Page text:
How To Plan For The Wealth Transfer: Gifting Your Way To A Legacy

How To Plan For The Wealth Transfer: Gifting Your Way To A Legacy

The Estateably Team
April 4, 2024

Gifts and donations can help you achieve both of these aims. Contrary to popular belief, they’re not just for the ultra-rich; they play an important part in financial planning for modern professionals, too. In this guide, we’ll look at the role of gifts and donations in estate management, the types of assets they might include, and how to avoid some of the common pitfalls.

The Tax-Smart Way: Annual Gift Tax Exclusion

Gifting your assets to family and friends is the simplest way to start transferring your wealth, and it’s a smart way to go about it. Not only do you have the joy of helping family and friends during your lifetime, but by gradually reducing the overall value of the estate, you can also cut the amount of tax your beneficiaries will have to pay in the future. Everybody wins.

However, it’s important to be aware of the annual gift tax exclusion. This is the amount you can give to another person in any one year without paying a gift tax, and the tax is paid by the donor, not the person receiving the gift. In the US, for example, you can give each individual up to $17,000 in 2023 before having to pay tax on it.

There is no gift tax in Canada, but if you’re giving away capital property such as shares or real estate, you might be liable for capital gains tax.

The Philanthropic Angle: Donations

Charitable giving is another important pillar of wealth transfer, and it can be incredibly rewarding to see the impact of donations during your lifetime. It’s also a wonderful way to secure the future of the causes you care about and create a legacy of generosity.

Philanthropic donations bring another benefit, too, in the form of tax deductions. In Canada, you can claim tax credits based on the eligible amount of any gifts you make to registered charities or qualified donees, up to a limit of 75% of your net income for the year. These donees might include registered journalism organizations or registered Canadian amateur athletic associations, among others.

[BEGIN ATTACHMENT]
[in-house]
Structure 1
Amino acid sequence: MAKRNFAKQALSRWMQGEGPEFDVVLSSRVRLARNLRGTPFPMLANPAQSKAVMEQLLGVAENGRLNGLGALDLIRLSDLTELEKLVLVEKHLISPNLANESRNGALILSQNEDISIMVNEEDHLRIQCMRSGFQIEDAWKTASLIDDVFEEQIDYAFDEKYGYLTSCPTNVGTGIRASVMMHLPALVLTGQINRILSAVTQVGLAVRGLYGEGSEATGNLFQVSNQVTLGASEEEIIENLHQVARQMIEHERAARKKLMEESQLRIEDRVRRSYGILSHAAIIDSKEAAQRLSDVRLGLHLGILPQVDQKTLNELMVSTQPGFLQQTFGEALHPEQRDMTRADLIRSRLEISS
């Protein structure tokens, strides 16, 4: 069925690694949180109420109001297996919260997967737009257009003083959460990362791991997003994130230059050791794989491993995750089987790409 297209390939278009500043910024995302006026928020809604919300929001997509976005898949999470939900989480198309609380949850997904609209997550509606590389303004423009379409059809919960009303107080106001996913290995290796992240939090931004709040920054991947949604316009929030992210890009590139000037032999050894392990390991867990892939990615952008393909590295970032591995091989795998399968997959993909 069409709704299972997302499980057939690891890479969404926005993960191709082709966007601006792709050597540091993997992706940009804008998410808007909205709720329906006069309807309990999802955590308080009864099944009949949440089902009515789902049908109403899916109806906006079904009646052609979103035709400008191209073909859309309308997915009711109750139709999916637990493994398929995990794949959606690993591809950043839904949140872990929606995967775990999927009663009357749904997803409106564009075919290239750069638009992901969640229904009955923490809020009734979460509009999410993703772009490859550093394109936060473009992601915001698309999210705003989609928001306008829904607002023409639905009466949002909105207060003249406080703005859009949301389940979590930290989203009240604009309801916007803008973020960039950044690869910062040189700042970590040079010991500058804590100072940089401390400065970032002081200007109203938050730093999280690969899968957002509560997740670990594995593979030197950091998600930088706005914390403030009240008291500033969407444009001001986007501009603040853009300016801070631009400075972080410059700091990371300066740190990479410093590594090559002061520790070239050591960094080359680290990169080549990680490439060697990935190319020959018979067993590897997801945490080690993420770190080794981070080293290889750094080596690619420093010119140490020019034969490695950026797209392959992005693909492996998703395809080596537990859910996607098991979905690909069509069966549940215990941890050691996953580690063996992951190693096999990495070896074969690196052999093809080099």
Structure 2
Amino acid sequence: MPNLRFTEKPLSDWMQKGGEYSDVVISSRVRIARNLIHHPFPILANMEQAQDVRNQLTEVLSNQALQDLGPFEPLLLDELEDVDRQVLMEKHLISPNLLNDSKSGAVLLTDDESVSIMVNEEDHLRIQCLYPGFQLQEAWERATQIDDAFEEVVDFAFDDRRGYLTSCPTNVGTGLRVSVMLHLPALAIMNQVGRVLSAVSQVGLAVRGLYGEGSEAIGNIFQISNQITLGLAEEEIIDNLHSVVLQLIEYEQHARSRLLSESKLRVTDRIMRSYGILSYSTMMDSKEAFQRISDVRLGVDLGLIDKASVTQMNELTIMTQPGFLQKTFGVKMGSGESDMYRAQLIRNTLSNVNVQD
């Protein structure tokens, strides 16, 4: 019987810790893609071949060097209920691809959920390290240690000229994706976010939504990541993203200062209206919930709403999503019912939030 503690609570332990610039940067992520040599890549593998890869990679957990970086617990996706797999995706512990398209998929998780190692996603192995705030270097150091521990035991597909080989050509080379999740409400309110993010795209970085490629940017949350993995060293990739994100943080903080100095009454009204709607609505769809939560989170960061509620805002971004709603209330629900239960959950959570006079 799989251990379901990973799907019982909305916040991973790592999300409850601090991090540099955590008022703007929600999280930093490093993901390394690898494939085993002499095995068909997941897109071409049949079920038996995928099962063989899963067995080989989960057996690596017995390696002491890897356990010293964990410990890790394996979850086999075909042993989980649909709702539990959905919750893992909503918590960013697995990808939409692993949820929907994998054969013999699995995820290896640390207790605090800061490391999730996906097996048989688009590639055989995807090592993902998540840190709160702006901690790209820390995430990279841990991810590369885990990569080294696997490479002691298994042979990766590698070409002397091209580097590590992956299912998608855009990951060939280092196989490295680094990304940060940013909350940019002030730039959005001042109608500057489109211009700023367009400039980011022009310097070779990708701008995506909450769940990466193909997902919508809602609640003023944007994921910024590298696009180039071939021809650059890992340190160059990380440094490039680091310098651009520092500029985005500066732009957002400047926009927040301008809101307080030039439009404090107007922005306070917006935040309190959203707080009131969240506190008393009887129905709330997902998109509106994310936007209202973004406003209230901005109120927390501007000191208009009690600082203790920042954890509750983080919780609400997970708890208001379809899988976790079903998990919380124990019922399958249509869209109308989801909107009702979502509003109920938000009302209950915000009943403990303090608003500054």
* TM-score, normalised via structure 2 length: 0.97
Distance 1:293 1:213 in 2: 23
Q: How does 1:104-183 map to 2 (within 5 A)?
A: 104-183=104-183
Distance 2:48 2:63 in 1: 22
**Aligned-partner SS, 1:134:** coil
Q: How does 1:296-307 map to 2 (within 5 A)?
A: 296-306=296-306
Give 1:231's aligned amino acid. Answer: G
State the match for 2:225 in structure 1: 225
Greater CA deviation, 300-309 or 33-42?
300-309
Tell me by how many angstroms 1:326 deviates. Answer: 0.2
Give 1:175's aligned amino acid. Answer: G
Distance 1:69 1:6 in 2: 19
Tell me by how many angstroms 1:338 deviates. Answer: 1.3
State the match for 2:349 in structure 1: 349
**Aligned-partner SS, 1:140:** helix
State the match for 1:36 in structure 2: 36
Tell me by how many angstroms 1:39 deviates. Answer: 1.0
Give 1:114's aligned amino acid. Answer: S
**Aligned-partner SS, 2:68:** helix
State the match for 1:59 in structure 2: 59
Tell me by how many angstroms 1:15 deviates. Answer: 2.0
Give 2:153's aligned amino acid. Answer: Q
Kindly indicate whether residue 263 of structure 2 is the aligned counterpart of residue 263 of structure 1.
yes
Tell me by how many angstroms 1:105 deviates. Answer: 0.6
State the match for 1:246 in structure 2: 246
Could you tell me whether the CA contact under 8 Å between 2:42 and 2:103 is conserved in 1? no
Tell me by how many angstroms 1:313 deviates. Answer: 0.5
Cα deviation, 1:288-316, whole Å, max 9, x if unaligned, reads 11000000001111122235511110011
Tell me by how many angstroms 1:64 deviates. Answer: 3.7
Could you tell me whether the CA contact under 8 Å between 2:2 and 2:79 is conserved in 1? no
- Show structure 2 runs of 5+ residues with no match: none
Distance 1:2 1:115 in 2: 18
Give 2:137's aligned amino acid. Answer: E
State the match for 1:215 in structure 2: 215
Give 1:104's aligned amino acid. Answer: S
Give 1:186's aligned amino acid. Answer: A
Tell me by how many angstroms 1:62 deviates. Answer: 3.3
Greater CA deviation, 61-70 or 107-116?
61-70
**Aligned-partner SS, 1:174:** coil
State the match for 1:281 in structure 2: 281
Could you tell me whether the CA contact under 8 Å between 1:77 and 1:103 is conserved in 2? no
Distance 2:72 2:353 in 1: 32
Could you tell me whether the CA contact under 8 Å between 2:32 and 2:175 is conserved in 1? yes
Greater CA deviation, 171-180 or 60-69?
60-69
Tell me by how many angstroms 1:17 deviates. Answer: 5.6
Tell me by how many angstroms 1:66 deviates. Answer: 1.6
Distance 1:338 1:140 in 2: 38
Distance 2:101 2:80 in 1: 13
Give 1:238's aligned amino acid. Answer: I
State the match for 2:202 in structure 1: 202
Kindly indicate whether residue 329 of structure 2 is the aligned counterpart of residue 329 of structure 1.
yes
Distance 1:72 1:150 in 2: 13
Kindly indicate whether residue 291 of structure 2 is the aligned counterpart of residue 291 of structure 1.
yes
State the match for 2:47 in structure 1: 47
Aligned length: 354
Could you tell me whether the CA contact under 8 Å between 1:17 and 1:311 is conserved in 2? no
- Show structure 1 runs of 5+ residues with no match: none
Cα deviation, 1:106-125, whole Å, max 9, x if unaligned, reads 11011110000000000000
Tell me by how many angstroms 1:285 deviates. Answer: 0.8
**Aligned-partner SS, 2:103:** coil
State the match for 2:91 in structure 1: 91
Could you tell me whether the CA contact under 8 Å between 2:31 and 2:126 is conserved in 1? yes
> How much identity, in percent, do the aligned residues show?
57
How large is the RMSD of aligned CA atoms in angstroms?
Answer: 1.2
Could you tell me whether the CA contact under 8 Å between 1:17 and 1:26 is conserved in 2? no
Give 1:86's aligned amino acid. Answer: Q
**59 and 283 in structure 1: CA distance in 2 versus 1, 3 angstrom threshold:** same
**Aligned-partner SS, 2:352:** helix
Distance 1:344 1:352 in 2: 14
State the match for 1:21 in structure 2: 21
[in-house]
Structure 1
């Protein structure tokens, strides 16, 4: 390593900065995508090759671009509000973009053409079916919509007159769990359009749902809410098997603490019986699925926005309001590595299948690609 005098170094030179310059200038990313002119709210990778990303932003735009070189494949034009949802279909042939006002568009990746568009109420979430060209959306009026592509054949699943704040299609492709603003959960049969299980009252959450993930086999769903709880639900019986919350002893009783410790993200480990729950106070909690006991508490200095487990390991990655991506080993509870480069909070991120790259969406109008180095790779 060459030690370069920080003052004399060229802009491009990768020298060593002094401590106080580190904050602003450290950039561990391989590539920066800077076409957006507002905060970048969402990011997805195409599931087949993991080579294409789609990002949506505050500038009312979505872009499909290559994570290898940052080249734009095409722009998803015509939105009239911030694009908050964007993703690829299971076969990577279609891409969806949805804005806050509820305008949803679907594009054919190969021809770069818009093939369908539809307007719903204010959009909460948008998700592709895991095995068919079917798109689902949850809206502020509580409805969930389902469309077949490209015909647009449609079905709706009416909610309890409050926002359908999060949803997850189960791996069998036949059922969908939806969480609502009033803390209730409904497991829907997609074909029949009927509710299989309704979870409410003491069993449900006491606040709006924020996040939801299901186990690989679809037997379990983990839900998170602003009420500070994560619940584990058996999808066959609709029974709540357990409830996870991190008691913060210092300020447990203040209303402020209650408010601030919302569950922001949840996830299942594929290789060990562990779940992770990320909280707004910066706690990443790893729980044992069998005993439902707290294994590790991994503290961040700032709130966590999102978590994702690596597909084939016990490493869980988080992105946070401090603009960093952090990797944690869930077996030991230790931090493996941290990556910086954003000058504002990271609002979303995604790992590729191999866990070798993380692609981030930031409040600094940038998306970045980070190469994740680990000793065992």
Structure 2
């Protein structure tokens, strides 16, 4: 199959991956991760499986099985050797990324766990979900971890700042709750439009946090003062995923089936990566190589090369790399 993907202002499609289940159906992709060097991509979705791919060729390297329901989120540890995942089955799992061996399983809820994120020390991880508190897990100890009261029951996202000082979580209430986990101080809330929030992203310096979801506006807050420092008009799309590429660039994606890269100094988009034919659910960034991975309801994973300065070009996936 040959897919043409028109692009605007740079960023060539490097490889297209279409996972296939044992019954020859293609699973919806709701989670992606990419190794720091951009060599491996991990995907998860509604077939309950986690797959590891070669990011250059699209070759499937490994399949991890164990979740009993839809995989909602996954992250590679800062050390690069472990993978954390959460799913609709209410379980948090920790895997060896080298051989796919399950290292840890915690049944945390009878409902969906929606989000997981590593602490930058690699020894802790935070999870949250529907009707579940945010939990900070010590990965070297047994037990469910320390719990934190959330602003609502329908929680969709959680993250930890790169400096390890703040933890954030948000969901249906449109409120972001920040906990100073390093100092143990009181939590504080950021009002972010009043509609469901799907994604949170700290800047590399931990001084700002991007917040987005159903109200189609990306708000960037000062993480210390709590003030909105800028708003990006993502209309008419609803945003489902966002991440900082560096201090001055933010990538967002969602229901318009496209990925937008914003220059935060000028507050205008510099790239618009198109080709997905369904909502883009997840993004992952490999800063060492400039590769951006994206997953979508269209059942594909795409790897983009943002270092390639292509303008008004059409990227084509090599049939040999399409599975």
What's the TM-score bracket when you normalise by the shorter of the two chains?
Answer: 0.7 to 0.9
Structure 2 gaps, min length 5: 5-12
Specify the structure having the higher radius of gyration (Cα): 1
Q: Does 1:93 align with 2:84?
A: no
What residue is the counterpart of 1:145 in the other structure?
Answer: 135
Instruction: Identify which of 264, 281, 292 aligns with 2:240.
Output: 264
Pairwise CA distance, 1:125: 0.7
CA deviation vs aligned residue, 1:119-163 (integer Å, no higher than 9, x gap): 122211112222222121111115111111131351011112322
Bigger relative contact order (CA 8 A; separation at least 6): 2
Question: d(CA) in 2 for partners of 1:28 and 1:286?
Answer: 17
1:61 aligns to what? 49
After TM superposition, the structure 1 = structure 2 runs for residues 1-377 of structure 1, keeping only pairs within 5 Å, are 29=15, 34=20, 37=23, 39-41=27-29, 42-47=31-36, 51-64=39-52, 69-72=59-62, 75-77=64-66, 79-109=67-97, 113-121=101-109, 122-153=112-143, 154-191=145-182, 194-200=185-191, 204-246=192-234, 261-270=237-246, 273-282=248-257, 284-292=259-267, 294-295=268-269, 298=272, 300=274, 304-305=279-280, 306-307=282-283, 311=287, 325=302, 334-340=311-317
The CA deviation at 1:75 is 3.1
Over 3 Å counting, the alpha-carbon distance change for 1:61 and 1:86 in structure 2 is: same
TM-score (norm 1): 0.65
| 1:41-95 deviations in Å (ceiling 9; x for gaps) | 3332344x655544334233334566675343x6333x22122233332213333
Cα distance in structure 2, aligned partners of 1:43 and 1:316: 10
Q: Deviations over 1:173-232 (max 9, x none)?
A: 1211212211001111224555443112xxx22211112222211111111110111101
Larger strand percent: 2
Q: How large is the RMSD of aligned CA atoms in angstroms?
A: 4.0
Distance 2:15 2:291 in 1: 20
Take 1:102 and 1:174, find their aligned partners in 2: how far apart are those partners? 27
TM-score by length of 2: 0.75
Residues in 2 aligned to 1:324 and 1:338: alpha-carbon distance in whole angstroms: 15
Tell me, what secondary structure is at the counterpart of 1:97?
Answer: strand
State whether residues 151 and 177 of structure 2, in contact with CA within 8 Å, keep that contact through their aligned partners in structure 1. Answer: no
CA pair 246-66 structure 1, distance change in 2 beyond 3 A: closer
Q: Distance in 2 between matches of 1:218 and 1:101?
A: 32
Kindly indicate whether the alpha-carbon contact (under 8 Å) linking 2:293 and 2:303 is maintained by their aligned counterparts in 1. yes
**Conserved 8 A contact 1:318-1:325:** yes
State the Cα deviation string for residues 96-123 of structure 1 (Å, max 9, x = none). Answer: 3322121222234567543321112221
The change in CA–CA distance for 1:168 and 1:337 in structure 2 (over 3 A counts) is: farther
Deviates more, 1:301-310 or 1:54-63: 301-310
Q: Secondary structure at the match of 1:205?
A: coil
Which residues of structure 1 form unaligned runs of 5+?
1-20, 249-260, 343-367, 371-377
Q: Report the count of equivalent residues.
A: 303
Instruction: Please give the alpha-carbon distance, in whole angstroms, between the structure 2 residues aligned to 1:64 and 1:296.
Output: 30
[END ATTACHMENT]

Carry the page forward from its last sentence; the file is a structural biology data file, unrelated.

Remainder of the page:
Types of Gifts and Donations

If you’re considering making a personal gift or philanthropic donation, you don’t have to be restricted to cash or checks. Assets can also include stocks and shares, real estate, family heirlooms, or other valuables.

One of the simplest and most tax-efficient ways to give to charity is a donor-advised fund (DAF). This is a third-party vehicle that manages your charity donations. You pay into the DAF and receive the tax deduction immediately, and you can then advise the fund on how you’d like your donation to be used.

Key Considerations for Making Gifts and Donations

It’s essential to keep track of your gifts and donations, both for your own purposes and for your beneficiaries. In the short term, you’ll need to have the right paperwork to hand in order to claim tax relief on your charitable donations at the end of the year. Looking further ahead, it’s crucial to make sure that any gifts you make during your lifetime are carefully documented in order to avoid confusion and potential disputes when your estate is being settled.

The tax implications can be difficult to navigate, particularly when capital assets are involved and capital gains tax comes into play. So, it’s a good idea to consult with financial advisors or estate planners. They’ll help you stay compliant, and they’ll understand how to structure your gifts and charitable giving to maximize the benefit for everyone involved.

Common Mistakes to Avoid

While gifts and donations play an important role in an effective financial planning strategy, there are a few challenges to navigate:

  • In countries that have them, annual gift tax exclusion limits can vary from year to year. Check the limits as part of your planning to avoid unexpected tax liabilities.
  • Incomplete paperwork can lead to a loss of tax credits for you, or become a tax obligation for your beneficiaries later on. Document everything thoroughly.
  • Sometimes, sudden windfalls can bring about unintended consequences. Before making a significant financial gift to a loved one, make sure that the amount doesn’t impact their eligibility for financial aid or any government benefits they may be receiving.


In the realm of estate planning, the benefits of gifts and donations are twofold. Not only do they help to reduce your tax liabilities in the immediate term, but they also form the foundation of your legacy in the future.

As with every aspect of financial and estate planning, it’s essential to act in compliance and maintain meticulous records. At Estateably, we help trust and estates professionals work more efficiently by automating the manual tasks associated with estate administration, from accounting to beneficiary reporting. Contact our team or book a demo to find out how.

More Articles